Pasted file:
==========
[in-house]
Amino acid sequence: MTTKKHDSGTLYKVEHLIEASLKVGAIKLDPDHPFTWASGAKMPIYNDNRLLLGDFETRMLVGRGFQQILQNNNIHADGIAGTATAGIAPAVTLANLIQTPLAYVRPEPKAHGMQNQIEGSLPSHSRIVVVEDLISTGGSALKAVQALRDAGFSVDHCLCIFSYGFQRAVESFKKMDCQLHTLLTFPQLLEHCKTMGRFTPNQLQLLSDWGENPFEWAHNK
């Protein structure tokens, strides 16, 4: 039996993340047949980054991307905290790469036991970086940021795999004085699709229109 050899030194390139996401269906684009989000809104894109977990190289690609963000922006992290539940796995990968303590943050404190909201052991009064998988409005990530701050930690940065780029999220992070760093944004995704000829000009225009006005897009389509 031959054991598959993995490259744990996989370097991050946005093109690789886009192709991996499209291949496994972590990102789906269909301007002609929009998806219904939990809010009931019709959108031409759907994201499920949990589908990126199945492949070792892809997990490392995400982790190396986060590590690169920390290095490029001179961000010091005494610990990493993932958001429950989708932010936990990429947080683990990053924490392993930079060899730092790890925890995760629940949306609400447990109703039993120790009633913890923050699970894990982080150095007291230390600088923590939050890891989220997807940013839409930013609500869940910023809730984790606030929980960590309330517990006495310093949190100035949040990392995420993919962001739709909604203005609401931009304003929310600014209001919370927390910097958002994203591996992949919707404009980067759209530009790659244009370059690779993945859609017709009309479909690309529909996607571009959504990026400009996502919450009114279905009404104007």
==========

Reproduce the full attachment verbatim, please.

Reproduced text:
[in-house]
Amino acid sequence: MTTKKHDSGTLYKVEHLIEASLKVGAIKLDPDHPFTWASGAKMPIYNDNRLLLGDFETRMLVGRGFQQILQNNNIHADGIAGTATAGIAPAVTLANLIQTPLAYVRPEPKAHGMQNQIEGSLPSHSRIVVVEDLISTGGSALKAVQALRDAGFSVDHCLCIFSYGFQRAVESFKKMDCQLHTLLTFPQLLEHCKTMGRFTPNQLQLLSDWGENPFEWAHNK
């Protein structure tokens, strides 16, 4: 039996993340047949980054991307905290790469036991970086940021795999004085699709229109 050899030194390139996401269906684009989000809104894109977990190289690609963000922006992290539940796995990968303590943050404190909201052991009064998988409005990530701050930690940065780029999220992070760093944004995704000829000009225009006005897009389509 031959054991598959993995490259744990996989370097991050946005093109690789886009192709991996499209291949496994972590990102789906269909301007002609929009998806219904939990809010009931019709959108031409759907994201499920949990589908990126199945492949070792892809997990490392995400982790190396986060590590690169920390290095490029001179961000010091005494610990990493993932958001429950989708932010936990990429947080683990990053924490392993930079060899730092790890925890995760629940949306609400447990109703039993120790009633913890923050699970894990982080150095007291230390600088923590939050890891989220997807940013839409930013609500869940910023809730984790606030929980960590309330517990006495310093949190100035949040990392995420993919962001739709909604203005609401931009304003929310600014209001919370927390910097958002994203591996992949919707404009980067759209530009790659244009370059690779993945859609017709009309479909690309529909996607571009959504990026400009996502919450009114279905009404104007």